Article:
The puritans (who did not even call themselves pilgrims) did not come here seeking religious freedom; they already had that in Holland. They came here as part of a commercial venture on a ridiculously small and overcrowded ship called the Mayflower by coming to America.
The 28th Annual Morongo Thanksgiving Outreach program has reached a new milestone, providing another 10,000 turkeys this year to help those in need this holiday season.
The Morongo Band of Mission Indians distributed 10,000 free turkeys on Monday to charities and churches that will use the donated birds to provide 220,000 Thanksgiving meals to families, seniors and veterans across Southern California.
The Pechanga Band of Luiseno Indians tried to state the matter as clearly as possible, but in the end it was their action that resonated.
Native American author, educator, activist, mother and grandmother Winona LaDuke, Anishinaabekwe, is calling on tribes to relocalize food and energy production as a means of both reducing CO2 emissions and of asserting tribes' inherent right to live in accordance with their own precepts of the sacredness of Mother Earth and responsibility to future generations.
She said during a recent presentation on climate change at Harvard University, "We essentially need tribal food and energy policies that reflect sustainability. Tribes [as sovereign nations] have jurisdiction over food from seed to table and we need to take it or else USDA will take it…. The last thing you want is USDA telling you how to cook your hominy, that you can't use ashes in it …. I am the world-renowned, or reservation-wide renowned, beaver tamale queen. So who's going to come to my house and [inspect the beaver]? I don't want USDA in my food. I want us to exercise control over our food and not have them saying we can't eat what we traditionally eat."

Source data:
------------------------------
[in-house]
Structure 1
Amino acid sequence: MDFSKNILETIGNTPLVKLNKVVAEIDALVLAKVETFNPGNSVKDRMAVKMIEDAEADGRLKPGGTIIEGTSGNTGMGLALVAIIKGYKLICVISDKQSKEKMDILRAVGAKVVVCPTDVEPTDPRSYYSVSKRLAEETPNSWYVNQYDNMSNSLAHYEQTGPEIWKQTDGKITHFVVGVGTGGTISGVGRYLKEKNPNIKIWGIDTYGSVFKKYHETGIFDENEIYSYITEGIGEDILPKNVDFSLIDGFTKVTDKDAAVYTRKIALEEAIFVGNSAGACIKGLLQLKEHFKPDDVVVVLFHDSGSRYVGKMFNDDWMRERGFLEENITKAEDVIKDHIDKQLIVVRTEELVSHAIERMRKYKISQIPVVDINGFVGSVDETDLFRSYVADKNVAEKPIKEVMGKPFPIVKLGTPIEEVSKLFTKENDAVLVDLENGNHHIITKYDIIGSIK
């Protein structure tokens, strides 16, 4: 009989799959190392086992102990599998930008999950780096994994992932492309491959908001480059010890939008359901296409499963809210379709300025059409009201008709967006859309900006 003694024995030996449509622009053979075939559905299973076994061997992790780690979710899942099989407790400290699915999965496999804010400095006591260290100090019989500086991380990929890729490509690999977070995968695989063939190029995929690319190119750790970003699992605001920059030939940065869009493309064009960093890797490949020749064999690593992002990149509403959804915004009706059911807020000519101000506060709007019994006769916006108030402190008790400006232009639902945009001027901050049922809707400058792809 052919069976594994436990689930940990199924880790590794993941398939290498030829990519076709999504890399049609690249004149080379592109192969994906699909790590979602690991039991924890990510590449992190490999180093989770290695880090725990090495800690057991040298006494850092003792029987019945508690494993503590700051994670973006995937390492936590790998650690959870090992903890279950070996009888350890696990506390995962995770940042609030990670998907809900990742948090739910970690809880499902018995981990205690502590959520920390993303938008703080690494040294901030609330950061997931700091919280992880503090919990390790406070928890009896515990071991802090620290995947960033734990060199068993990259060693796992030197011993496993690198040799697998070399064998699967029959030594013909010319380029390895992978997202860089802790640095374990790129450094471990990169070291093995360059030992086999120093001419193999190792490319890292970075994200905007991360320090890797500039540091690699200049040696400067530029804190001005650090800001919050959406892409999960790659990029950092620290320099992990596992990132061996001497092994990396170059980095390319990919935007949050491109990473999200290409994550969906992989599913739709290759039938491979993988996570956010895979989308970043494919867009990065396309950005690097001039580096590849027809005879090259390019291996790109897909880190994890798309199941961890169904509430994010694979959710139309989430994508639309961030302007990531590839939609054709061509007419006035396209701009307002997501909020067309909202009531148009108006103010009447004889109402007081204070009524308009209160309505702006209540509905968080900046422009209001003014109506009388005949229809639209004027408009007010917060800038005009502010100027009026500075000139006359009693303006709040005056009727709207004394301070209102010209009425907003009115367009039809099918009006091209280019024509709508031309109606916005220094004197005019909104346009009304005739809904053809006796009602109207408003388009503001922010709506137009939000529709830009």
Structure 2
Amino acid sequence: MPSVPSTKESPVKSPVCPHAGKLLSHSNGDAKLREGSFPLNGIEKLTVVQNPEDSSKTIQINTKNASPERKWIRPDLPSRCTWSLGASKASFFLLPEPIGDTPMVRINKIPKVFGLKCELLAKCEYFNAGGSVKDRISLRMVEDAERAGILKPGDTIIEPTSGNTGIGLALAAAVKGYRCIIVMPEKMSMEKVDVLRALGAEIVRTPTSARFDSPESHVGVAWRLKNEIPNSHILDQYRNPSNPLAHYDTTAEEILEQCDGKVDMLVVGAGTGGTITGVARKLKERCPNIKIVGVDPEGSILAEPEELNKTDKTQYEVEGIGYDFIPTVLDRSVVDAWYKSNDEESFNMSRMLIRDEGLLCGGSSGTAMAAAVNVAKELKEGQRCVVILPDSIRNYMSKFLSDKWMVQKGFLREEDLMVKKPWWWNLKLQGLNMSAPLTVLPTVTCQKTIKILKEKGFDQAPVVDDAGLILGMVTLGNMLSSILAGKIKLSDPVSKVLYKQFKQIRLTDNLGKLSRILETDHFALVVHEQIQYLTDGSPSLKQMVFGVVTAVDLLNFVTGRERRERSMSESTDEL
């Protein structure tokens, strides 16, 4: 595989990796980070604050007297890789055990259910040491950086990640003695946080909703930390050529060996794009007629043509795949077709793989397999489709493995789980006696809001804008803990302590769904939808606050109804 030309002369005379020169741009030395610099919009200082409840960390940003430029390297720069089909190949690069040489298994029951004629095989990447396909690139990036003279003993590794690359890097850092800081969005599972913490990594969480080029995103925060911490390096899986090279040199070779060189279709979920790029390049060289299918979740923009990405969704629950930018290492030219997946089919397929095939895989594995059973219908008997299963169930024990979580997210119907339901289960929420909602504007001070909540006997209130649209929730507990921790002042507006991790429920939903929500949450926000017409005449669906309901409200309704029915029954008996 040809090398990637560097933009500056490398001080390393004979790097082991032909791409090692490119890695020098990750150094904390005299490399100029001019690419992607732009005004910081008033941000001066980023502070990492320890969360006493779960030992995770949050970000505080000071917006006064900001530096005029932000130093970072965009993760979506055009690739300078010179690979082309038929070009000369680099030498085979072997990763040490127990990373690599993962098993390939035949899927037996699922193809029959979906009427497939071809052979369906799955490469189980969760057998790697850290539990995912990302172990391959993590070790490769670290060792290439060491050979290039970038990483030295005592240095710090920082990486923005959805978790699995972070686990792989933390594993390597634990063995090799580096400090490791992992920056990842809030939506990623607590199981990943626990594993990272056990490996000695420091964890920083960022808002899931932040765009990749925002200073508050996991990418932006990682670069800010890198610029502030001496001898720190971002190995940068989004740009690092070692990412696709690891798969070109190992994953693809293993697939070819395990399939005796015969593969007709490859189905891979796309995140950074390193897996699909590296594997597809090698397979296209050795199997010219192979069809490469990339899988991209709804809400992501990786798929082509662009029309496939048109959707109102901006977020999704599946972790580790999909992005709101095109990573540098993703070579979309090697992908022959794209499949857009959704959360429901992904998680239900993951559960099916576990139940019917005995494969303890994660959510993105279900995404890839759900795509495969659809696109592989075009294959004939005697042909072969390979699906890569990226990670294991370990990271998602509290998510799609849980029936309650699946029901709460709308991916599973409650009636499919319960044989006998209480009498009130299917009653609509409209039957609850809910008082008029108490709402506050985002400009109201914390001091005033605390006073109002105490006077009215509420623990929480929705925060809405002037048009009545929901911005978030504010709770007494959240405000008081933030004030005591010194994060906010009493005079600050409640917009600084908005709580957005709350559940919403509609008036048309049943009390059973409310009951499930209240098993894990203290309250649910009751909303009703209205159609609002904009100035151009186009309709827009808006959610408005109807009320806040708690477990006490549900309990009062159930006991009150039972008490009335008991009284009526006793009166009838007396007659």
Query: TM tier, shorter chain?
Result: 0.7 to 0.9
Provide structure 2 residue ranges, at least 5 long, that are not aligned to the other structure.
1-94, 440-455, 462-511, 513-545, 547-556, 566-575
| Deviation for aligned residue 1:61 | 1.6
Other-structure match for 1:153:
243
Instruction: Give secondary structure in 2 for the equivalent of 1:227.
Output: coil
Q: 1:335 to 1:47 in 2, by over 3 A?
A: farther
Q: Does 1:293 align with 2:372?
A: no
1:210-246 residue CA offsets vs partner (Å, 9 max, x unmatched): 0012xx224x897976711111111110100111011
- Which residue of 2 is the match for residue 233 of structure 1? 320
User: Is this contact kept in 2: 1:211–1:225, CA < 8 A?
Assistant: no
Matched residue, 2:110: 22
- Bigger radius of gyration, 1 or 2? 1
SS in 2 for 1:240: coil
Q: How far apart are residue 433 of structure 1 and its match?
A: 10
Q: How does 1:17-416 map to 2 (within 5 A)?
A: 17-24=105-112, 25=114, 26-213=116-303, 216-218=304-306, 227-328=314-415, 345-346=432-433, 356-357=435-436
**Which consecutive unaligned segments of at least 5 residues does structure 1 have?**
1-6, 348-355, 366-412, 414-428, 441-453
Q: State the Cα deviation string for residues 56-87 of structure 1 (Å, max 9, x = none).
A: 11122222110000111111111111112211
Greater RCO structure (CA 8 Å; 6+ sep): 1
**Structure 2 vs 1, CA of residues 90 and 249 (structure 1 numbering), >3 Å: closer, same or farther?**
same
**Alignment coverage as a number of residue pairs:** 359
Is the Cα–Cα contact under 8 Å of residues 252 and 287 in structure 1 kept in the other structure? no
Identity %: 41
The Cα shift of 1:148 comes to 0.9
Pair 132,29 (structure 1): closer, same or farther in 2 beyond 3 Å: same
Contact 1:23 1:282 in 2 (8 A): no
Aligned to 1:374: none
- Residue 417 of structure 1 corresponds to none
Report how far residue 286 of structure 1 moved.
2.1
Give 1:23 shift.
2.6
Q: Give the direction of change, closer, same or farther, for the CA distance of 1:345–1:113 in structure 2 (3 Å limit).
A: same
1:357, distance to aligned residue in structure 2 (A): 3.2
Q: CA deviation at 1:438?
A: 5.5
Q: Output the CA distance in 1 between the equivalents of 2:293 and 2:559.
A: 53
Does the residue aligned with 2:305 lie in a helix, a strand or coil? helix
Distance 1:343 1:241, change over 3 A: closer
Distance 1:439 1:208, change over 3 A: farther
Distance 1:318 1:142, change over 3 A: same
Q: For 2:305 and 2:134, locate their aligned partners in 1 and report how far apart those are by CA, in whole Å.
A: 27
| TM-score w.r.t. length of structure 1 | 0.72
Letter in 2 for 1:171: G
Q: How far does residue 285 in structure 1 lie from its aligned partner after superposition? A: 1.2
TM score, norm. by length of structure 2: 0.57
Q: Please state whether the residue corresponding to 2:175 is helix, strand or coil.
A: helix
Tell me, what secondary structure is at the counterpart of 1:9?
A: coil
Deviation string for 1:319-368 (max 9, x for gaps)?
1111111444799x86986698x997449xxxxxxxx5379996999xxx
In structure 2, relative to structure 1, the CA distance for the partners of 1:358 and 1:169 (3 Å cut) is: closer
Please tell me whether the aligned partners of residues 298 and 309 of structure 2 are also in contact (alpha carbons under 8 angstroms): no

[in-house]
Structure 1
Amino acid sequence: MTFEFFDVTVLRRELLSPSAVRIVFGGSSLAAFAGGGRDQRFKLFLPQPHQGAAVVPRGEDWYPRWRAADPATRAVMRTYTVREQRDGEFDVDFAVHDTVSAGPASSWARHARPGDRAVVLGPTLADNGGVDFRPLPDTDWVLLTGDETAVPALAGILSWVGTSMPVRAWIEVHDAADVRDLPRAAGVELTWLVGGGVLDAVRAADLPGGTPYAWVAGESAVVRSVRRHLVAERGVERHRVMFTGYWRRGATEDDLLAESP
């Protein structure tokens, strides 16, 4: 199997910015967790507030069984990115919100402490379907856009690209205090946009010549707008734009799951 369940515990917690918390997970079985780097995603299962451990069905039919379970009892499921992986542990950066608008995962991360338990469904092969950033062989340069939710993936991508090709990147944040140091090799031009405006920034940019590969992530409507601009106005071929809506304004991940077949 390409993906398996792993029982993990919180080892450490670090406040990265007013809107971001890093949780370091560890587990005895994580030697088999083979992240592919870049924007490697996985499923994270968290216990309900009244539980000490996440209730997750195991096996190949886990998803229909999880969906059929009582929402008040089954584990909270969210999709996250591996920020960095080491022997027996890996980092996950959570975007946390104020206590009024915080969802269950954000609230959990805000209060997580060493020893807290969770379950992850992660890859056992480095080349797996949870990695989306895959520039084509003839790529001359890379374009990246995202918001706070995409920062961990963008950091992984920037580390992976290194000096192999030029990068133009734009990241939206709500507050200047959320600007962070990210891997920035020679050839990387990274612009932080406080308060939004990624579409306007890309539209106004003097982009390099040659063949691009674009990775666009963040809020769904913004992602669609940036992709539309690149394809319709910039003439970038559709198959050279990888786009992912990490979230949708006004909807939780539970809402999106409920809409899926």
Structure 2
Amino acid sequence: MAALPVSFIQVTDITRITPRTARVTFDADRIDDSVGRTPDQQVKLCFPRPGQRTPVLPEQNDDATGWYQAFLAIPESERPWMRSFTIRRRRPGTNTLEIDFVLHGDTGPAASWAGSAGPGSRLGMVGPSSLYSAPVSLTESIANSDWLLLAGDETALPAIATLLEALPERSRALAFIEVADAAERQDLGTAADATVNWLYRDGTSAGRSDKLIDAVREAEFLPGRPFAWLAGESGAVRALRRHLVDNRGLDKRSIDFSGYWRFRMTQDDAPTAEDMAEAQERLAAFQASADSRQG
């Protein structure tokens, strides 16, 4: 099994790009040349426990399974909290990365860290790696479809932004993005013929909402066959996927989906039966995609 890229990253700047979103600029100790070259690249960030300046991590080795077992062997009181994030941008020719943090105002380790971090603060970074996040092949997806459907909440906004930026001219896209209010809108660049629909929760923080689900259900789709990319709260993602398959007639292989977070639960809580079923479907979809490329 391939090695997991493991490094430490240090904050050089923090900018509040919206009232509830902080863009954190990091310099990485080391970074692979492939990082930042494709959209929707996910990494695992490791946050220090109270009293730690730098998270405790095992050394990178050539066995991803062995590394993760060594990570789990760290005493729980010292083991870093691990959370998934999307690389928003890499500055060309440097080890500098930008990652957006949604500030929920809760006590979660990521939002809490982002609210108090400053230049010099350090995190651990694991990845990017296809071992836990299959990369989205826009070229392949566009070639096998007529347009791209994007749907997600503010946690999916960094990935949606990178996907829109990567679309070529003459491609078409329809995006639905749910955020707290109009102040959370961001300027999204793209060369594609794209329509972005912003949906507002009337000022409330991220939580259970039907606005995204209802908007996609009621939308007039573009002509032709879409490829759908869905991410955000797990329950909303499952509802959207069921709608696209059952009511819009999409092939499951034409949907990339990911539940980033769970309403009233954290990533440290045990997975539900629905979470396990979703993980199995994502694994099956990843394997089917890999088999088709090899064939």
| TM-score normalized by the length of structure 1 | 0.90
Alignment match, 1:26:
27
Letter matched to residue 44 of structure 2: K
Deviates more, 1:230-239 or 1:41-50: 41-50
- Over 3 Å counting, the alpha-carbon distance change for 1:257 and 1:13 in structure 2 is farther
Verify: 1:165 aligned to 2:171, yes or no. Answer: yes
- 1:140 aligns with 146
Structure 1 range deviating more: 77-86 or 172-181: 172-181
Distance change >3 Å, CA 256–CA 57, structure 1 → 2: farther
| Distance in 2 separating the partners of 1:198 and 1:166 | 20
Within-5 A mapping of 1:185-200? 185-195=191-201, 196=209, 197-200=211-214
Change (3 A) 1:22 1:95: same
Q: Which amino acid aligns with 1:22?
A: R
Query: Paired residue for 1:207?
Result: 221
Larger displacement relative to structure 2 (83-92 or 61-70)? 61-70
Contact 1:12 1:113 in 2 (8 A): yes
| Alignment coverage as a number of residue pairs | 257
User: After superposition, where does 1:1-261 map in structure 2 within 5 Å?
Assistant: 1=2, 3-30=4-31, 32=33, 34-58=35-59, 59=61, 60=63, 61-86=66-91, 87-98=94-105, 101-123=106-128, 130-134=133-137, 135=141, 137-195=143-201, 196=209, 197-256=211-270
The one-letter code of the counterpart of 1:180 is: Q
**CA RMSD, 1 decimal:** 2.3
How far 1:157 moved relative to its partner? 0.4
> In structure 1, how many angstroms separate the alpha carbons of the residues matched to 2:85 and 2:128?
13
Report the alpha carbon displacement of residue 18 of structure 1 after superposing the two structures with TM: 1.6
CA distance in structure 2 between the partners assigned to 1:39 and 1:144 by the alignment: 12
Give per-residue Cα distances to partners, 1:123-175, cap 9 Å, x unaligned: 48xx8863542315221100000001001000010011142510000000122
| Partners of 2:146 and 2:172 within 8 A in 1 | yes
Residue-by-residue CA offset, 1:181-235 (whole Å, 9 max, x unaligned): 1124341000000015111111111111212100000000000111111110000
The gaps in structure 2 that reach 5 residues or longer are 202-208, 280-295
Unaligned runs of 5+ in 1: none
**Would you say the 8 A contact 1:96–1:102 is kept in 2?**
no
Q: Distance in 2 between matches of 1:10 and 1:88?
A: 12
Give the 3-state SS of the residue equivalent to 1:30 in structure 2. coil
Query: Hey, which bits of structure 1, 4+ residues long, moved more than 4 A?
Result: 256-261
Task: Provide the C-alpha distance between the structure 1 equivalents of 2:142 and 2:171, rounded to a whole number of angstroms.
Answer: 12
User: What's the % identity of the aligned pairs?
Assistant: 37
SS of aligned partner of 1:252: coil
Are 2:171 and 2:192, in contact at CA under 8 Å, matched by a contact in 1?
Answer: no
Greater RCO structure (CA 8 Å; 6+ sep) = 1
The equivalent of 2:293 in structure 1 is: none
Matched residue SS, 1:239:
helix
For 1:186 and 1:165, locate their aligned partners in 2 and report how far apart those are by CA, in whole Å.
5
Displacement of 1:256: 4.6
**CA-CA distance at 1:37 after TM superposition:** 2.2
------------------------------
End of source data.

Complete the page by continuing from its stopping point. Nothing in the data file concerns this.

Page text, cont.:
Tuesday, October 29, 2013
By Monica Medina
On a bright and clear weekend morning in early October, there’s a flutter of activity at San Diego’s Tecolote Nature Center as staff get ready for an annual family activity, “Baskets and Botany.” The one-day event, which has been held there since the mid-'90s, is a day for families to share the environmental and cultural connections of Tecolote Canyon.